The 16th Century Reformation of Religion (Part I - The Background)

Next month, on 31 October 2017, we celebrate 500 years of Luther's 95 Theses that formed his "Disputation on the Power and Efficacy of Indulgences". This was allegedly affixed to the door of the Castle Church in Wittenberg. It certainly was seismic, although it would not have seemed so at the time. Luther, a German monk and university teacher, was simply questioning some relics of medieval Catholic dogma that were being manipulated by the current Pope for financial gain. However, a spark was being lit that turned into a mighty spiritual and political fire. So what were the real problems? You can cite various factors, but as well as Christian theology, also involved were politics, money, power and sex.

Church and State Too Identified

Politically the Church was too identified with the State through the power and position of the Pope (the bishop of Rome). There are always problems regarding how far the Church as such should be involved in the State. Christians are to be salt and light in society (Matt 5.13-14). If they are totally withdrawn from public life and remain in their own little ghettos, obviously they can neither preserve (as salt) or enlighten (as light) the wider world and the State. But if the Church is totally identified with the State, one of whose tasks is the restraining of human sin, Christians can lose their savour and their shine. Yes, Jesus had taught that we are to "render to Caesar [the State] the things that are Caesar's, and to God the things that are God's" (Mark 12.17). Then Paul taught that the political authorities, in his case the Roman Emperor (a pagan), had divine authority, amazingly from Christ (Rom 13.1; Matt 28.18; 1 Cor 15.24-25). But when the State commands what God forbids, or forbids what God commands, you must obey God rather than the State according to Peter (Acts 5.29). And John in the book of Revelation (Rev 13.1-10) made it clear that sometimes the State can be quite demonic. Then Peter's teaching has to be put into practice and, as he was to learn himself, at the cost even of your life. That teaching on Church and State in those earliest of times was relatively clear and simple, although for some terrifying. But when in the 4th century the emperor Constantine endorsed, as a Christian, the Christian faith, Christians were often asked (and have been since) to exercise power and advise on policy; and things became more complicated.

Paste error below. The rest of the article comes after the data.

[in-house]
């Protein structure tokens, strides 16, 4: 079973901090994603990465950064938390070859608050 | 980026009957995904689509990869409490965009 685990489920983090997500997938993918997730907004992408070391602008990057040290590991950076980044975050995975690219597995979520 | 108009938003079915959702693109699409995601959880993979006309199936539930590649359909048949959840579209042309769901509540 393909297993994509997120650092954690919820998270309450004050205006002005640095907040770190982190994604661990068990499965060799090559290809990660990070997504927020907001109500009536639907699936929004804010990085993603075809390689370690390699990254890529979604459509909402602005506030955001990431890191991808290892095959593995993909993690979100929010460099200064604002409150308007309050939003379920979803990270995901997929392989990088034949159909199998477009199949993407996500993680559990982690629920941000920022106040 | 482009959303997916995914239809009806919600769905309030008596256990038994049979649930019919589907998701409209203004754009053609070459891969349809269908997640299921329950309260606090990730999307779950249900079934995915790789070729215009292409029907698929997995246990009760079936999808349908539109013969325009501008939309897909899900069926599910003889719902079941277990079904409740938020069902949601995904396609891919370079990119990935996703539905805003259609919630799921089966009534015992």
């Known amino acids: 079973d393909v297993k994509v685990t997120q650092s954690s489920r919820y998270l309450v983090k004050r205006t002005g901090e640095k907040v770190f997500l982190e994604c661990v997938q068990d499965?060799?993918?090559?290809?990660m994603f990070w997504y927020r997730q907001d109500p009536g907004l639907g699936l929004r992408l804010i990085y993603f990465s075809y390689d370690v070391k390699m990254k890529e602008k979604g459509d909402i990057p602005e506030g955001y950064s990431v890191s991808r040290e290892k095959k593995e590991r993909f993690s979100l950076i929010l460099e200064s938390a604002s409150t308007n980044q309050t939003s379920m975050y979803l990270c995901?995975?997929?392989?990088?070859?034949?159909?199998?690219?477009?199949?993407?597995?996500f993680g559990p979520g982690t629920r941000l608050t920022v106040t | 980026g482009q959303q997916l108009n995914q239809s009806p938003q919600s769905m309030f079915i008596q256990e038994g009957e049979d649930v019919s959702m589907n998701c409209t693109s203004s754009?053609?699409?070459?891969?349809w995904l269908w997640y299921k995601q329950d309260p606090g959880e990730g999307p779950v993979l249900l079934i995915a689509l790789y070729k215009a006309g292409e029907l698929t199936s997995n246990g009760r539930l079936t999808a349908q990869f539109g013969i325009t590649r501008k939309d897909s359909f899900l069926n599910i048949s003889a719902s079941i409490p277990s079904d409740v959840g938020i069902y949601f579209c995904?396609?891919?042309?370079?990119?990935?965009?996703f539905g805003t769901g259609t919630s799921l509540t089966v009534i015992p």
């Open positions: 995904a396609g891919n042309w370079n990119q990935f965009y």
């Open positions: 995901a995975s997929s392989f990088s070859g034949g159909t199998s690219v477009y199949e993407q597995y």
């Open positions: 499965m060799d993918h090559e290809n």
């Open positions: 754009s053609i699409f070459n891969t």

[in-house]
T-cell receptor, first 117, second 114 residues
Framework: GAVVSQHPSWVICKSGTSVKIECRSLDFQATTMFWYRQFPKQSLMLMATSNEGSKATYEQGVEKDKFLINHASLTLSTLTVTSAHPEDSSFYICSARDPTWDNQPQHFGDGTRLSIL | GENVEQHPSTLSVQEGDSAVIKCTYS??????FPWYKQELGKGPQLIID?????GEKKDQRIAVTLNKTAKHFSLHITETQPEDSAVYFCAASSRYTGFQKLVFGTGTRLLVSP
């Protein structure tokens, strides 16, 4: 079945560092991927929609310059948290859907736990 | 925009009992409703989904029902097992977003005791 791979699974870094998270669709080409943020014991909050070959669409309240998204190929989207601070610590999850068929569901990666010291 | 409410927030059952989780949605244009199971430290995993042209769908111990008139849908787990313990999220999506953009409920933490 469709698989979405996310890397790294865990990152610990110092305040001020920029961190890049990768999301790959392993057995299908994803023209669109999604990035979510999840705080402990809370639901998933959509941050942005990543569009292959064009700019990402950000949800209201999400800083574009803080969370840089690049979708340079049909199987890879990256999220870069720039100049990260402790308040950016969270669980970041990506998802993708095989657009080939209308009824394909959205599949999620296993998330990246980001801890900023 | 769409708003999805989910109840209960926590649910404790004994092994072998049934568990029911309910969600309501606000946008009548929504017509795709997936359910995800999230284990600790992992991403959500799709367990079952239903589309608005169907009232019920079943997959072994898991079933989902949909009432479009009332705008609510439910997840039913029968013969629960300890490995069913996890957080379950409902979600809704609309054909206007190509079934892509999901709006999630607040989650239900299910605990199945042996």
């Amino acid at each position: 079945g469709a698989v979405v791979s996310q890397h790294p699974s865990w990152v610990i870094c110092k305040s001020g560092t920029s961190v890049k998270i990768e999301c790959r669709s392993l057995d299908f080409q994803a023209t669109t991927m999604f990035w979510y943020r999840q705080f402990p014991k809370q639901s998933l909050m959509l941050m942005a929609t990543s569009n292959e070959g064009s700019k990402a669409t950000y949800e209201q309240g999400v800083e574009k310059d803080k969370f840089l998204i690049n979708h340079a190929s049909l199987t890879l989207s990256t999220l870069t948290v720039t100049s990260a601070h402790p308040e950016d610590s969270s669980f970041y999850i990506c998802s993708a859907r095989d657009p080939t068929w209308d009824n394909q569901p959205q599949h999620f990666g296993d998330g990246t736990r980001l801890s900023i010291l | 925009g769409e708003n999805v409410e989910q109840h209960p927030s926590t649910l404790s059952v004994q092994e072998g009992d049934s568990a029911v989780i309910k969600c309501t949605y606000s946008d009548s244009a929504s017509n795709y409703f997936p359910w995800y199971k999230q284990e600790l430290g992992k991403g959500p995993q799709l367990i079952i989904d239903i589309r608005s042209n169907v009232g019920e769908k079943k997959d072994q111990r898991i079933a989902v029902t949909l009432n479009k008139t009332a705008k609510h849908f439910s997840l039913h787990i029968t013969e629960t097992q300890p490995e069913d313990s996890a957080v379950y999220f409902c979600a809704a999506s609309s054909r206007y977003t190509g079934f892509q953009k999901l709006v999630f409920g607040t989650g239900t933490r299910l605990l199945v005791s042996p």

So what followed the 4th century onwards has been a series of "ups and downs" between the Church and the State both in and beyond Europe. It has been likened to a "less-than-ideal-marriage". You can say the first three centuries were like "going out". Then from the "conversion" of Constantine to the end of the 8th century, you have the engagement period. The next and complicated period of actual marriage began on Christmas Day AD 800 when the Pope "crowned" Charlemagne as emperor, in fact, of Europe. But eventually a great crisis came with the ending of the 15th century. For in the 16th century you have the Reformation of Religion when real explosions occurred in the relationship.

Money and Power

The papacy was a, if not the, great problem. Popes were often political figures with vast power and men who could amass fortunes. Sometimes they had questionable morals. Erasmus, who stayed a loyal Roman Catholic and opposed Luther, responded to this papal problem by writing a savage epitaph for Pope Julius II (1503-13), entitled "Julius Exclusus". This was a dialogue in which the deceased Pope is pictured approaching heaven. It then goes like this:

"Julius: What the devil is up? The gates not open? Some one has monkeyed with the lock.
Spirit: Maybe you have the wrong key. You've got the key of power.
Julius: It's the only one I ever had …
Peter: Who are you?
Julius: Can't you see the key, the triple crown, and the pallium sparkling with gems?
Peter: It doesn't look like the key Christ gave me. How should I know the crown which no barbarian tyrant dared to wear? As for the gems and the jewels, I trample them under my feet …. Tell me again, what have you done for the Church?
Julius: I found the Church poor. I made her splendid with regal palaces, splendid horses and mules, troops of servants, armies, and officers.
Spirit: And glamorous prostitutes and obsequious pimps.